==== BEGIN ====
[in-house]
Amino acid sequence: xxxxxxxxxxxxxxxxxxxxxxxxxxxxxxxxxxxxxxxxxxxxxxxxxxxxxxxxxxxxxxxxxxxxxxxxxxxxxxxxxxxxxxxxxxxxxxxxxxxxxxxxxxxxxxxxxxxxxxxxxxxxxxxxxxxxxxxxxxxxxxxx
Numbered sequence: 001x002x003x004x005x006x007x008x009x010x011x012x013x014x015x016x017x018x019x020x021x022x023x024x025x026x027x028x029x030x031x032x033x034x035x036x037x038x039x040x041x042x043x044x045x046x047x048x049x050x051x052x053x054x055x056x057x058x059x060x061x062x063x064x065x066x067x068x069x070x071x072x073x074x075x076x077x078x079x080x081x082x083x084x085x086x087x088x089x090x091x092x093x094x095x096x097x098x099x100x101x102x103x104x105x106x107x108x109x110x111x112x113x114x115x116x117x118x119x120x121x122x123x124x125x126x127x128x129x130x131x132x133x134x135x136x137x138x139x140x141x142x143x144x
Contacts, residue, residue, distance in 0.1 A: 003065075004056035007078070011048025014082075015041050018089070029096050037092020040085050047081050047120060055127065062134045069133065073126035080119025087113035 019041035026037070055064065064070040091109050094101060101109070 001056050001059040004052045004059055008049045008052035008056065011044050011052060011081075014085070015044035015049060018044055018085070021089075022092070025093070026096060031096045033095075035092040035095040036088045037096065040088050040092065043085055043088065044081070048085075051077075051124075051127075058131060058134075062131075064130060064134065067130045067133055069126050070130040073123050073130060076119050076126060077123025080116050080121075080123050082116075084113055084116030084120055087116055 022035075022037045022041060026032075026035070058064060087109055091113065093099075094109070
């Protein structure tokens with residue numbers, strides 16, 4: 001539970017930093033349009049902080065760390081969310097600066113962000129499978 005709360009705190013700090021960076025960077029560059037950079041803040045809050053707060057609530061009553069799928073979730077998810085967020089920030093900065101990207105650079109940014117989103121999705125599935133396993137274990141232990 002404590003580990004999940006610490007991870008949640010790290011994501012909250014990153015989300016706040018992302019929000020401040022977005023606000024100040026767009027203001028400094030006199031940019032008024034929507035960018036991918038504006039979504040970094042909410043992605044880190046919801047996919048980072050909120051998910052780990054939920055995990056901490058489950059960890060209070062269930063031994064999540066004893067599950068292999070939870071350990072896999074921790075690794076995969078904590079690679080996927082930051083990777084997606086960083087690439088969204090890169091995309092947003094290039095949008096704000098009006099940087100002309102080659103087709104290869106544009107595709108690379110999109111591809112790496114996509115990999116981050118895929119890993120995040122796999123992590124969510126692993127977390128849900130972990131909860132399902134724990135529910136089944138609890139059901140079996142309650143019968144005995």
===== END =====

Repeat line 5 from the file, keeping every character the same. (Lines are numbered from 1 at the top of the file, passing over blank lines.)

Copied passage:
């Protein structure tokens with residue numbers, strides 16, 4: 001539970017930093033349009049902080065760390081969310097600066113962000129499978 005709360009705190013700090021960076025960077029560059037950079041803040045809050053707060057609530061009553069799928073979730077998810085967020089920030093900065101990207105650079109940014117989103121999705125599935133396993137274990141232990 002404590003580990004999940006610490007991870008949640010790290011994501012909250014990153015989300016706040018992302019929000020401040022977005023606000024100040026767009027203001028400094030006199031940019032008024034929507035960018036991918038504006039979504040970094042909410043992605044880190046919801047996919048980072050909120051998910052780990054939920055995990056901490058489950059960890060209070062269930063031994064999540066004893067599950068292999070939870071350990072896999074921790075690794076995969078904590079690679080996927082930051083990777084997606086960083087690439088969204090890169091995309092947003094290039095949008096704000098009006099940087100002309102080659103087709104290869106544009107595709108690379110999109111591809112790496114996509115990999116981050118895929119890993120995040122796999123992590124969510126692993127977390128849900130972990131909860132399902134724990135529910136089944138609890139059901140079996142309650143019968144005995």